After years of believing that a Low Fat diet was the only healthy way to live, it took me a while to digest the idea of a High Fat diet. What really did it for me was considering how foods come in their most natural state. Most of our meat and fish are naturally fatty. Eggs, almost a super food, are also high on the fat scale. Dairy products are naturally fatty. Nuts are also naturally high in fat. It takes a great deal of processing to make most foods low in fat.
So, Just What is a Healthy Diet?
Well, I can’t answer that for you. For me, a Healthy Diet is one that leaves my body feeling good. So, for me a Healthy Diet is one that starts with foods in their most natural, least processed state. I look to foods that provide nourishment, not just calories. I have gotten over my fear of fat, and enjoy bacon and sausage regularly for breakfast. To reduce our carb intake, we substitute veggies for pastas and rice as side dishes. Although, one of my favorite things to do is baking. In order to reduce the carbs, I often substitute coconut and almond flours, as well as automatically cut the sugar in half.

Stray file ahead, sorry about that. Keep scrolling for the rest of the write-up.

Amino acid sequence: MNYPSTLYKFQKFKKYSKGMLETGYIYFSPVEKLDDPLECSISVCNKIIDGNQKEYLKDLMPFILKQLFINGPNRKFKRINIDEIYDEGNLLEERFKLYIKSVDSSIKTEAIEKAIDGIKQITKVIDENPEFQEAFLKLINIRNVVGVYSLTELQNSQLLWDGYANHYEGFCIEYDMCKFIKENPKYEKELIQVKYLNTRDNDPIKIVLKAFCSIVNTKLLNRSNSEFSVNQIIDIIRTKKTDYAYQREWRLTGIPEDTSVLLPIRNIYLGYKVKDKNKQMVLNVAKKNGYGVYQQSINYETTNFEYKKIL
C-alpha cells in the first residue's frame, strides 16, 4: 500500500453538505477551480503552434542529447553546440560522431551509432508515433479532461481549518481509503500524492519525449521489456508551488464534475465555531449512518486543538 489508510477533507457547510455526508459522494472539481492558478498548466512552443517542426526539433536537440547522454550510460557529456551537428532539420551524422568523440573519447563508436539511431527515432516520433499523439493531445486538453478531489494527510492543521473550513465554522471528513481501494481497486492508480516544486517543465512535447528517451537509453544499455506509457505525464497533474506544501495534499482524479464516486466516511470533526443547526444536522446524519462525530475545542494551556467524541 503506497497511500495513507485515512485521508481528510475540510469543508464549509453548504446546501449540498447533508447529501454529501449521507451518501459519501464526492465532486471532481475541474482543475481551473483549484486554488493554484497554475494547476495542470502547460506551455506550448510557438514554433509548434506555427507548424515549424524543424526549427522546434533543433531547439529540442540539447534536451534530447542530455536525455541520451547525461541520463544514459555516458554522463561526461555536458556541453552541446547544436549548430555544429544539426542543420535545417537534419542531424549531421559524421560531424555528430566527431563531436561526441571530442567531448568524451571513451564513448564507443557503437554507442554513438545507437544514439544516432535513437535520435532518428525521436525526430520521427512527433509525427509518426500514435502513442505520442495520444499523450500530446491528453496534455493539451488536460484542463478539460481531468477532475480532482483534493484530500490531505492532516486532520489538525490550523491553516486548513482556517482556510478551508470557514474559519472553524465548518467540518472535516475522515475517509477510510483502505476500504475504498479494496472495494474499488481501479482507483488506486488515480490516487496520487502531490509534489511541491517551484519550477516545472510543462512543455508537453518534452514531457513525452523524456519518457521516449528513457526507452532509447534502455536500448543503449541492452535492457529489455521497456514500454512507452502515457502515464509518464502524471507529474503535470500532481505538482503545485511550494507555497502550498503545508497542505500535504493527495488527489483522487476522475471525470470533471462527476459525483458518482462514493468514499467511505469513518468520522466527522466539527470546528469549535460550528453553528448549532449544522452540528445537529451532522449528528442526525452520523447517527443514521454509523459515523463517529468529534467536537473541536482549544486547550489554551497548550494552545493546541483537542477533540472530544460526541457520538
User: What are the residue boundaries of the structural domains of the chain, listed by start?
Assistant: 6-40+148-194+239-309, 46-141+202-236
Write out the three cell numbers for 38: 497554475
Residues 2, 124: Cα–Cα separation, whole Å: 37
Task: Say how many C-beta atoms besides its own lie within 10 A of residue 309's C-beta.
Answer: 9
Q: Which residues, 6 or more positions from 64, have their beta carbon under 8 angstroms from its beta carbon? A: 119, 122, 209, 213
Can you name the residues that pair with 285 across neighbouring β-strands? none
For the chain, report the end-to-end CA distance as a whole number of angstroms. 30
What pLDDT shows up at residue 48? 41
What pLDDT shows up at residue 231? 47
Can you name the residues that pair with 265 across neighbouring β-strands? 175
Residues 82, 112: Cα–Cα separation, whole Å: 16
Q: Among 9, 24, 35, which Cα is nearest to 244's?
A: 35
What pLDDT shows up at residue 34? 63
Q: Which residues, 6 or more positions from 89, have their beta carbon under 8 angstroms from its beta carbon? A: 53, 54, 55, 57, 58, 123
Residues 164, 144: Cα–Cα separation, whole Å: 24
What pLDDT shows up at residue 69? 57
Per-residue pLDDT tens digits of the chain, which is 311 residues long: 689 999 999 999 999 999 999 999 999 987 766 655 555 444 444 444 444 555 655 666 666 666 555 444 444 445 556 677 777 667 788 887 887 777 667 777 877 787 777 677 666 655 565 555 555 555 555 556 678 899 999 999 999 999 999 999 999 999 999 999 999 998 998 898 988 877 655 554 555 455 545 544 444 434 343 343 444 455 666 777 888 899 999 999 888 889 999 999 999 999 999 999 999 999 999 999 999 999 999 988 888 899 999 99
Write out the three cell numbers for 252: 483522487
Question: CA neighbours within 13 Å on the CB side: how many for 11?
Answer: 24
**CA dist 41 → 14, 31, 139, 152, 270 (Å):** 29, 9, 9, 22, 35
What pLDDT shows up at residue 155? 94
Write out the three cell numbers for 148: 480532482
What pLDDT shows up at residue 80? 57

For additional information check out:
- The Wheat Belly
- Dr. William David explains how wheat and other grains are processed in the body, as well as tips on living a grain free lifestyle
- Against All Grain
- Danielle Walker tells her story of healing from an autoimmune disease, and shares many of her recipes (I own two of her cookbooks)
- The Nourished Life
- Elizabeth Walling writes about natural living, and reducing stress. In her book “The Nourished Metabolism” Elizabeth wrote about how the foods we eat can actually cause undo stress on our bodies, slowing down our metabolism.
What is your healthy diet?
This is merely a brief list of what is currently out there in the Diet Fad world. In the process of learning to listen to my body, I have made the choice to stop listening to all of the other “experts” out there with their “studies”. So, the question I ask is “Does this choice nourish me in some way?” There are many ways to nourish. For example, having a cup of coffee in the morning is nourishing to my soul, as I really enjoy it. I love the whole process of making it, listening to it perk and smelling the wonderful early morning smell of coffee. Then, there’s the feeling of the hot cup in your hand, and that first sip that wakes up my sleepy senses in the morning.
So, what is your healthy diet?